How to force fsck to check filesystem after system reboot on Linux -

Let's start with discussion about some tools which can be used to obtain filesystem information and configurations which control filesystem check after system reboot. The tool which we are going to discuss is tune2fs filesystem managing utility. Using tune2fs we can export some important information related to filesystem health check. The following linux command will tell as when was the last time the filesystem /dev/sdX was checked:

This is a companion discussion topic for the original entry at


Doesn’t work. Refuses to check.

Wojciech Domalewski

Does it work with systemd ?

thecarpy -> Wojciech Domalewski

You can get it work updating your grub2 config, rebooting, and undoing the changes to your grub config, however, it is much easier to just specify “passno=1” as an option to /etc/fstab, no need to run the update-grub/update-grub twice …

Lesson of the day: Avoid repeating something somebody else writes on the internet without reading the man page first. https://www.freedesktop .org/software/systemd/man/systemd-fsck@.service.html

WI Native -> Wojciech Domalewski

Doesn’t look like it will. I got this from another site.

The above mentioned solution only works with the old SysVinit and early versions of Upstart. It won’t work with systemd. systemd-fsck understands one kernel command line parameter:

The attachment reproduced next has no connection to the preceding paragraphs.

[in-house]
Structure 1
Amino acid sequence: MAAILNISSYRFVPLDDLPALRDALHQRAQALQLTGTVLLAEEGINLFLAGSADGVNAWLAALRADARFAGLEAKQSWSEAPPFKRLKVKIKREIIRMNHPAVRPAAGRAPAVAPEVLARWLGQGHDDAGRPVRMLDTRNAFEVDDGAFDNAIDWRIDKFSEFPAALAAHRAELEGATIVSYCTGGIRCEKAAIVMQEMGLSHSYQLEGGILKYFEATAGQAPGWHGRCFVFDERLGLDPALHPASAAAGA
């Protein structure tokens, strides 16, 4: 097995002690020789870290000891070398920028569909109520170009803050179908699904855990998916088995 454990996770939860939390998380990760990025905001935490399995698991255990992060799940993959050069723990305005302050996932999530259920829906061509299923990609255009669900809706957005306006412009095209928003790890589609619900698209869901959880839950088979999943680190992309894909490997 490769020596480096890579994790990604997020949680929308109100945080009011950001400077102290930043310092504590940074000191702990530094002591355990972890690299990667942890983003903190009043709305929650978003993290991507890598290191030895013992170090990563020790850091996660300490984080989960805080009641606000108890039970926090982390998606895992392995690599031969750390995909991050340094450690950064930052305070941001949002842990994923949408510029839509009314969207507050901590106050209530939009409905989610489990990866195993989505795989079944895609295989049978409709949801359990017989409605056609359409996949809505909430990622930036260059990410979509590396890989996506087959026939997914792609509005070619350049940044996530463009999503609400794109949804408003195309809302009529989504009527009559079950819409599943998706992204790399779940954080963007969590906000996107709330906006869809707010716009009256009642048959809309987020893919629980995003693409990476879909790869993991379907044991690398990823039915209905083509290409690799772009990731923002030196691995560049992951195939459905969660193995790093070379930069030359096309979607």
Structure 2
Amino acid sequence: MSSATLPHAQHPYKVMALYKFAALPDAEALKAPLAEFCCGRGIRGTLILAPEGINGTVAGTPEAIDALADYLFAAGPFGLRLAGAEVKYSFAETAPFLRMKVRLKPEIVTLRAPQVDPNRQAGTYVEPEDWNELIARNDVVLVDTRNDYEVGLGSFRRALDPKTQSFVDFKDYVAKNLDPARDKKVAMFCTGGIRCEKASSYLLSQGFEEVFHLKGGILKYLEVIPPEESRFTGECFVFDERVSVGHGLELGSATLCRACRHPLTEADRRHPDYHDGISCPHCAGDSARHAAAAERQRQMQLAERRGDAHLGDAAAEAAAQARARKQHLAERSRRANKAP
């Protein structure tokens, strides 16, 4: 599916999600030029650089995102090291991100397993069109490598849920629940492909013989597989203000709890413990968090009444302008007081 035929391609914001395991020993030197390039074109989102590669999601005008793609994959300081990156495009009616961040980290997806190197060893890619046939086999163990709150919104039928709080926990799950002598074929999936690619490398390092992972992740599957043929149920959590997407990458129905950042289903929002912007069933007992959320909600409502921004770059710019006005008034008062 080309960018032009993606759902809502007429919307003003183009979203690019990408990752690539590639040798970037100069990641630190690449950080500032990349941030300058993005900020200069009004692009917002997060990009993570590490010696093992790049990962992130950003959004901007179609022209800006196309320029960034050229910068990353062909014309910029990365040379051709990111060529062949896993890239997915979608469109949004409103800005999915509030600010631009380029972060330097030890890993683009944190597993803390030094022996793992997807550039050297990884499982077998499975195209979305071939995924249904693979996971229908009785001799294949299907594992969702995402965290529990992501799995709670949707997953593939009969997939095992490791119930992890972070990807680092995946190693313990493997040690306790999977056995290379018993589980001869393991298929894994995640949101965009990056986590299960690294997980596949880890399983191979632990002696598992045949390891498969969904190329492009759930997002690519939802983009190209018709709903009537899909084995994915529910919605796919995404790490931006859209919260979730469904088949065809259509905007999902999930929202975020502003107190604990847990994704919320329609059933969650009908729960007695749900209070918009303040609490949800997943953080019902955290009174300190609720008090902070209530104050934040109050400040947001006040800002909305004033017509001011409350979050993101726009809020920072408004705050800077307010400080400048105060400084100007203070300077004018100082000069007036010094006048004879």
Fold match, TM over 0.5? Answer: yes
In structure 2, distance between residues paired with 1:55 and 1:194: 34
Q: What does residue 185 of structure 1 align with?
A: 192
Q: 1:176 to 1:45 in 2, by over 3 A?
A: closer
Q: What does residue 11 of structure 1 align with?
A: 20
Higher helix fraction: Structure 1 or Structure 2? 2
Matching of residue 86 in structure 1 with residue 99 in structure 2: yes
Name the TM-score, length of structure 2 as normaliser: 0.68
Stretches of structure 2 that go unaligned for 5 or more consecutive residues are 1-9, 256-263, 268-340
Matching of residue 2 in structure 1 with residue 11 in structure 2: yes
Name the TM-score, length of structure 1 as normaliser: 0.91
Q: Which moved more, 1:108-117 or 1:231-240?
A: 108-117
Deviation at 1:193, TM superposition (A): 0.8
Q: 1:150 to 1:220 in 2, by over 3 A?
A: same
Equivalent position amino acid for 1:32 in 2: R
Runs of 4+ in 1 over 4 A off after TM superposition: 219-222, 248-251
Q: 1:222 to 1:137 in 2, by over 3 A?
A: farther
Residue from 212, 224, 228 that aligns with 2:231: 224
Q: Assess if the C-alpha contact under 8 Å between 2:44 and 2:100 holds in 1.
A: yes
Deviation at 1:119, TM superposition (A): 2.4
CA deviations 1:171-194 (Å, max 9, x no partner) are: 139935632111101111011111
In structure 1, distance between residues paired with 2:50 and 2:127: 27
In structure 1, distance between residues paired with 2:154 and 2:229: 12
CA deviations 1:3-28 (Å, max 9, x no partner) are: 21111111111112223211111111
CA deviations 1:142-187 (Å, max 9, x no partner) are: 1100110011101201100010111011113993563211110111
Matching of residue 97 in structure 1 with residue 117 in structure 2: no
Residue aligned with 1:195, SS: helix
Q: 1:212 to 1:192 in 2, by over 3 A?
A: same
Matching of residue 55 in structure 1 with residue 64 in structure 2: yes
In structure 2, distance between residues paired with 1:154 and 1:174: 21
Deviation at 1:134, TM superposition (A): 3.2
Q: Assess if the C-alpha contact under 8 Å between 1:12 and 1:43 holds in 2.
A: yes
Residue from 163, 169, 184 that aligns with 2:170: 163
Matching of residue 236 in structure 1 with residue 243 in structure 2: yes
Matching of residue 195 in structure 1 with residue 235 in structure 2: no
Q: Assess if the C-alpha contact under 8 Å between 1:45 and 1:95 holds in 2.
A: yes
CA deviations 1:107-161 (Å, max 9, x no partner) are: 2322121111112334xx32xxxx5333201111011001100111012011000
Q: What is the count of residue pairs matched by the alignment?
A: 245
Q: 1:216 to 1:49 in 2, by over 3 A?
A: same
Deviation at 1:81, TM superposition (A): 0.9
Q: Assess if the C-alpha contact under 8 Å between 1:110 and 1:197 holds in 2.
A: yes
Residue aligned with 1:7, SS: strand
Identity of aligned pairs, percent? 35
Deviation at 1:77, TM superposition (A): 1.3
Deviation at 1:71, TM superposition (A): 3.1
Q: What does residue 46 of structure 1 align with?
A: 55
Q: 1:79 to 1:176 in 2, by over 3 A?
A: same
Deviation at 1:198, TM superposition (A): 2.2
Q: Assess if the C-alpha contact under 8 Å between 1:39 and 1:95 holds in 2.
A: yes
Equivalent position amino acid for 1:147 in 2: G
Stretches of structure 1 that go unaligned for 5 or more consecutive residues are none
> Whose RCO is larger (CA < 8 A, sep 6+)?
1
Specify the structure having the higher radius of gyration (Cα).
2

One of “auto”, “force”, “skip”. Controls the mode of operation. The default is “auto”, and ensures that file system checks are done when the file system checker deems them necessary. “force” unconditionally results in full file system checks. “skip” skips any file system checks.
One of “preen”, “yes”, “no”. Controls the mode of operation. The default is ” preen”, and will automatically repair problems that can be safely fixed. “yes ” will answer yes to all questions by fsck and “no” will answer no to all questions.

Lubos Rendek Mod -> WI Native

what Linux distribution do you use? Having this answer I would be able to provide you with help.

WI Native -> Lubos Rendek

RHEL 6.4. I did get it to work using the above instructions on this page.

If the value of maximum mounts is greater or equal to total number of mounts value then fsck’s filesytem check will be performed.

I assume we mean “is less than or equal to”.

Thank you for the wonderful article!

you also may try

sudo touch /forcefsck

It will check filesystem at next boot and remove the file automatically once done